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Rapping into the hearts

Rapping into the hearts
Highlights

Sean Paul is known for raising the temperature with his performance. The international star has carved a niche in the world of music and has...

Sean Paul is known for raising the temperature with his performance. The international star has carved a niche in the world of music and has collaborated with many known faces. The Jamaican record producer and rapper will be performing at the opening ceremony of Pakistan Super League on February 4 and has put up an anthem for the showpiece event. In a tête-à-tête, the rapper talks about his musical career

Excerpts
When did the music bug bite you?
I grew up as a lover of music. I came up in the biz about 1994. I was in school before that always doing small lyrics and songs. By the time 1994 came around, I started doing long demos like 4 minutes long—songs with four verses. Then the vibe changed where I shortened my verses, started to get catchy hooks and found out which hooks were needed from me.

You were in national polo team till you were 21. Why was the sudden transition in career?
It’s my Jamaican origin that made me venture into reggae music as the style belongs to Jamaica too. The thing with Jamaica is that we have a very high output of music for such a small country. We have more recording studios per capita than any other country in the world.

Artists around here are typically recording every week, sometimes 2, 3 times a week, 4 times, even more. We have large sections of Jamaicans and West Indians living in certain areas like New York, London, Miami and this kind of places, our music travels very easily because we are supported by our own Jamaican and West Indian communities. If you live in New York, or you live in Florida, and you grow up there, you always heard reggae music playing, even as an American, because there’s so many Jamaicans in New York City.

How did you get your first big break?
In my country every two months, we have people who become stars inventing new dancehall styles and it’s a big industry. It’s just not being paid attention and it’s something that everyone does as a kid, it’s a natural phenomenon for us.

You have collaborated with so many artists, which one is most memorable and favourite collaboration?
I am voicing for the biggest artists dancehall has ever seen and collaborating with people such as Future Fambo and I have many favourites. I would call it an eclectic mix when I worked with Star Gate and Rico Love. They are all awesome.

I have learnt something from everyone I have worked with and I’m glad to be in this profession and to have this career. There have been small artists that I have collaborated with, such as Sasha ‘I’m Still in Love With You’ and after a while, she wasn’t that big and now she’s doing church music. But it doesn’t matter if you are famous or not, if you sound good, then I’d want to work with you.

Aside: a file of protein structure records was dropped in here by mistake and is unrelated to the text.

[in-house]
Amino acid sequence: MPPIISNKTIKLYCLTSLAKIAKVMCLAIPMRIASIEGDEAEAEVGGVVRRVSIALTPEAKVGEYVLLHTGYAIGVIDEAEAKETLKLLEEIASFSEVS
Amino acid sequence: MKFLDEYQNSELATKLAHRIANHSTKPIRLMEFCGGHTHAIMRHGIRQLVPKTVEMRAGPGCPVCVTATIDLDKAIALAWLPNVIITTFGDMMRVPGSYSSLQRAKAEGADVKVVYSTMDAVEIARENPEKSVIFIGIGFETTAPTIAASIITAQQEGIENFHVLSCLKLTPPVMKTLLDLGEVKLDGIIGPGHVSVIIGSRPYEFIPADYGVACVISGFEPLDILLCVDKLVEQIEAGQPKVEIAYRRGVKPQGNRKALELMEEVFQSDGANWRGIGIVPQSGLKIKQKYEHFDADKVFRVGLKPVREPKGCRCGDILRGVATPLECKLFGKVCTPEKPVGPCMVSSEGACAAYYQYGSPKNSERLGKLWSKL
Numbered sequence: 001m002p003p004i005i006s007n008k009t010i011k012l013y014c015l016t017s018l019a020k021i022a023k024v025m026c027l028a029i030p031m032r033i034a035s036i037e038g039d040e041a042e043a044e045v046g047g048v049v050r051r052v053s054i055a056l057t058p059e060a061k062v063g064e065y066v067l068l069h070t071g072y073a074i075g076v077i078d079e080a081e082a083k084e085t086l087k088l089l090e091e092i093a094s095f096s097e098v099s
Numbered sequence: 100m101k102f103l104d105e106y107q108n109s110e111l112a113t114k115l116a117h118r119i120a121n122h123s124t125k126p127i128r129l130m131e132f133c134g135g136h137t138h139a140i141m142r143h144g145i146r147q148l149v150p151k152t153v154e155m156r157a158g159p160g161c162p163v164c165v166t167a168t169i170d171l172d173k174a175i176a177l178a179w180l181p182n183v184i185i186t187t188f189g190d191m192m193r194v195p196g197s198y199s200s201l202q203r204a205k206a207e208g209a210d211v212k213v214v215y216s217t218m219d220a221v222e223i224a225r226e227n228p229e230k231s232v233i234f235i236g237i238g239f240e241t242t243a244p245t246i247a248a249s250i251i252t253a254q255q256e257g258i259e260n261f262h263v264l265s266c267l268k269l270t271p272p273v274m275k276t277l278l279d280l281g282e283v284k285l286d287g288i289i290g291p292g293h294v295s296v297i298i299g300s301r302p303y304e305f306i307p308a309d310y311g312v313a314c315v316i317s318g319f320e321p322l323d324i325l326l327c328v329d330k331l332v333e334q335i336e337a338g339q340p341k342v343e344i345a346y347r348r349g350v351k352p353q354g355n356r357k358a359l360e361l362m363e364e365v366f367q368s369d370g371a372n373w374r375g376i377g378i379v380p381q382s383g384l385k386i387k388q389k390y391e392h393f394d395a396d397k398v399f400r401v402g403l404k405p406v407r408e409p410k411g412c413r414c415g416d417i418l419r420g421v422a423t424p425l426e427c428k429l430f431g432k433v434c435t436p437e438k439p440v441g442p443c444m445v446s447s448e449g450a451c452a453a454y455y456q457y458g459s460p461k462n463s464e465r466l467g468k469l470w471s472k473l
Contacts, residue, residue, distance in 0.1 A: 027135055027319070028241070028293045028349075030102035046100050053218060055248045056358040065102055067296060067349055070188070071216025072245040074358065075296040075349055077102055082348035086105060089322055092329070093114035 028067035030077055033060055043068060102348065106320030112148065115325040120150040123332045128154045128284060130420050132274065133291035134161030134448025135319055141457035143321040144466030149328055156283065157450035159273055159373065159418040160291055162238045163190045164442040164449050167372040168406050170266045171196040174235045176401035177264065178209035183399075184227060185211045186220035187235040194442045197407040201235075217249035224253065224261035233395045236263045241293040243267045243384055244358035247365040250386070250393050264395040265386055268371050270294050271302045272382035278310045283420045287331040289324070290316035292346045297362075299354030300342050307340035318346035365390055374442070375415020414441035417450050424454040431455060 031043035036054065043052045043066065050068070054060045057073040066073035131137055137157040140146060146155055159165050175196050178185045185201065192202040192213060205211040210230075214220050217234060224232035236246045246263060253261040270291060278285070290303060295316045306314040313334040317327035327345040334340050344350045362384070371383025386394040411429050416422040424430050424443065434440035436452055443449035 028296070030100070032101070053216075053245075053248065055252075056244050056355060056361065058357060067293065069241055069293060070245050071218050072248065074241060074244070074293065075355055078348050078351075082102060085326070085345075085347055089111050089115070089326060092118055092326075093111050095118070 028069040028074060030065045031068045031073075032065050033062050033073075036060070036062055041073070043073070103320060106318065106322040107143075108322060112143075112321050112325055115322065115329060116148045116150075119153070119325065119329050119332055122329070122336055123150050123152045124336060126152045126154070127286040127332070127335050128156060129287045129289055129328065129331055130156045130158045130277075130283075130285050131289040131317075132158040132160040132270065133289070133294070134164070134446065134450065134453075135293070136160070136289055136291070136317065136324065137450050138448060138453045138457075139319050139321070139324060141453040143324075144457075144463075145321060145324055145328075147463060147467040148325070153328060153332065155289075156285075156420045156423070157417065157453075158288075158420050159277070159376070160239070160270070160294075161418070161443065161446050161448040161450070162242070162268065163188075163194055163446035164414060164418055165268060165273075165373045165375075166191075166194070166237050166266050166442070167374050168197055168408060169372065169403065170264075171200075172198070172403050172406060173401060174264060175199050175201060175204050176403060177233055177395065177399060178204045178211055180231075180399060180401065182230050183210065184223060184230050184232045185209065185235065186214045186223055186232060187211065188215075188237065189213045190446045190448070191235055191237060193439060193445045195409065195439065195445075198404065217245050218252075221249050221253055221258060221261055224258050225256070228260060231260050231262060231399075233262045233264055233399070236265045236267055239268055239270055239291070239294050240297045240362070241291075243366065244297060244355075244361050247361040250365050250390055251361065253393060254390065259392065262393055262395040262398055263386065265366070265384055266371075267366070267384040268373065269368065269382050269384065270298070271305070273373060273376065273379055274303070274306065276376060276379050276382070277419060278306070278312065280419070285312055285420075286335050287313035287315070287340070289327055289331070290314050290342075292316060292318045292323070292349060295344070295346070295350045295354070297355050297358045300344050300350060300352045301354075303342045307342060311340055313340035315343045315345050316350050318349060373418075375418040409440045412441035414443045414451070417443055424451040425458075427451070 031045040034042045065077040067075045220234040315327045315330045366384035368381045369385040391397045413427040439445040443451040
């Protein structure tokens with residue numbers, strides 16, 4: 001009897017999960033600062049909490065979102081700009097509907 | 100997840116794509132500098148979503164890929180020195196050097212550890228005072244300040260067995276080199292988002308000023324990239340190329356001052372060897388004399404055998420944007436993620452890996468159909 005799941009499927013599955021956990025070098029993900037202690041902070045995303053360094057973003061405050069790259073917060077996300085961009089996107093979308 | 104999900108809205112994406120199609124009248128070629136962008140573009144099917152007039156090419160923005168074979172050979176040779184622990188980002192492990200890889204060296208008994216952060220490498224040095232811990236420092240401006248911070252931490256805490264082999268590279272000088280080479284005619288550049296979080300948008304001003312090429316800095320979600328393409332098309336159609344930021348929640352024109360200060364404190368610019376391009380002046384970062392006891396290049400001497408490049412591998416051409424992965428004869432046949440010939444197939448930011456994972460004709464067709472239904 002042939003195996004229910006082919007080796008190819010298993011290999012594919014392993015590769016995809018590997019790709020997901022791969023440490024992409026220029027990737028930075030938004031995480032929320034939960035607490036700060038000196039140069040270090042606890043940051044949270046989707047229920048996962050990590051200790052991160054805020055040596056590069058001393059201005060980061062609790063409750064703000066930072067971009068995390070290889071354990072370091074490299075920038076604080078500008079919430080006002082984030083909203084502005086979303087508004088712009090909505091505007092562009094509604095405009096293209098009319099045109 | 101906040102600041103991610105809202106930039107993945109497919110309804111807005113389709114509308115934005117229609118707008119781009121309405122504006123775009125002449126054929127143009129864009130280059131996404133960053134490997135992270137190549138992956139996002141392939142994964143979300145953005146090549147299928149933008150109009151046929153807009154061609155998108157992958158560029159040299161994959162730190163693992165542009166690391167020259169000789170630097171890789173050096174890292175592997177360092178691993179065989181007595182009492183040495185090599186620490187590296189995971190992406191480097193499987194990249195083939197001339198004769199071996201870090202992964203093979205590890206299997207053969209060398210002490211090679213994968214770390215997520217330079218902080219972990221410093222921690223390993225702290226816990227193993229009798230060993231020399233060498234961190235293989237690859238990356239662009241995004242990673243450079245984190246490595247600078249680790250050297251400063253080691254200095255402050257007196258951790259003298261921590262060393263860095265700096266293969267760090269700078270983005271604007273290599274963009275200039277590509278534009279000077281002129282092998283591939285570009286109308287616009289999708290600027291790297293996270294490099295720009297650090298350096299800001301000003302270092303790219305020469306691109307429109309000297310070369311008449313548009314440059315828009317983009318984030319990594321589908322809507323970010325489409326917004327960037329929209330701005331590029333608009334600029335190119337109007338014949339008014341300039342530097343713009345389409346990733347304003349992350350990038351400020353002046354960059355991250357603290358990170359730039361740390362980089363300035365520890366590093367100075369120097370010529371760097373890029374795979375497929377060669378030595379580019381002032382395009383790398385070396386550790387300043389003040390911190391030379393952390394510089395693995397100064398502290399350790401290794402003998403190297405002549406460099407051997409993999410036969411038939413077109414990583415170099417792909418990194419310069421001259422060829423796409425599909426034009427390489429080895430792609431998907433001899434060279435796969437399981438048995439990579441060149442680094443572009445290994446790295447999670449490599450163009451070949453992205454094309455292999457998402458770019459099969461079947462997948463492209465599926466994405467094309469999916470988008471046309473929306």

What is the scene of reggae music these days?
I’ve been trying to blend dancehall music with what’s popular right now. Dancehall music was popular globally and everybody has certain flavors. A lot of people have done certain flavors of dancehall, but basically, it’s been so many years and there are more things to listen to now. There’s trap music, techno is back, and I wanted to blend stuff with that. For the music to grow it means more pie for the people involved. The fact that dance music is the hot thing right now is just a fact of life. Life is like a ball, it goes around.

Any plans to collaborate with Indian artists?
Give me some dope artist and I’m all cool. I know Bollywood is big and I’ve heard of AR Rahman. I hope to someday create some studio magic with an Indian producer. I especially dig the beats which are very culturally intrinsic to India. The tabla, the flute and the sitar are a great combination with reggae.

What is music to you?
Music is a universal language that unites people from different walks of life. Music helps me send out a strong social message. Music tells you about the artist and what they were thinking about at the time because the person has to think about it to sing it. I do feel I have a responsibility to the youth.

Tell us about your Dubai tour?
It crazy compared to where I’m from. What I love about Dubai is the diverse community that it has become and it’s an oasis. I mean, it’s a desert, and not many things survive, but this is a big city – so that fascinates me. There are also beautiful people from lots of different cultures here. I’m going to be performing at Pakistan Super League on the February 4 at Dubai Cricket Stadium and I’m putting together the anthem for the league.

What is your favourite album and why?
As a kid, one of my favorite albums as a youngster was Slick Rick—the storyteller. He was doing things I had never heard before, like rapping and using a second voice, answering himself, and telling a story at the same time. It was very creative. I also understood that he was a Jamaican. He was a big influence in how I like to present a song. I don’t use different voices like that but I’m trying to tell a vibe in my songs every time, not just a song about this or that.

What are your future projects?
When you don’t hear an album from me right now, I’m still doing tours. I have done 500 countries all over the earth. So my thing is not so cookie cutter as people put together music nowadays. I do take time. I’m putting together the anthem for the league. I’m experimenting with my sound and looking at some collaboration with Jamaican artists.

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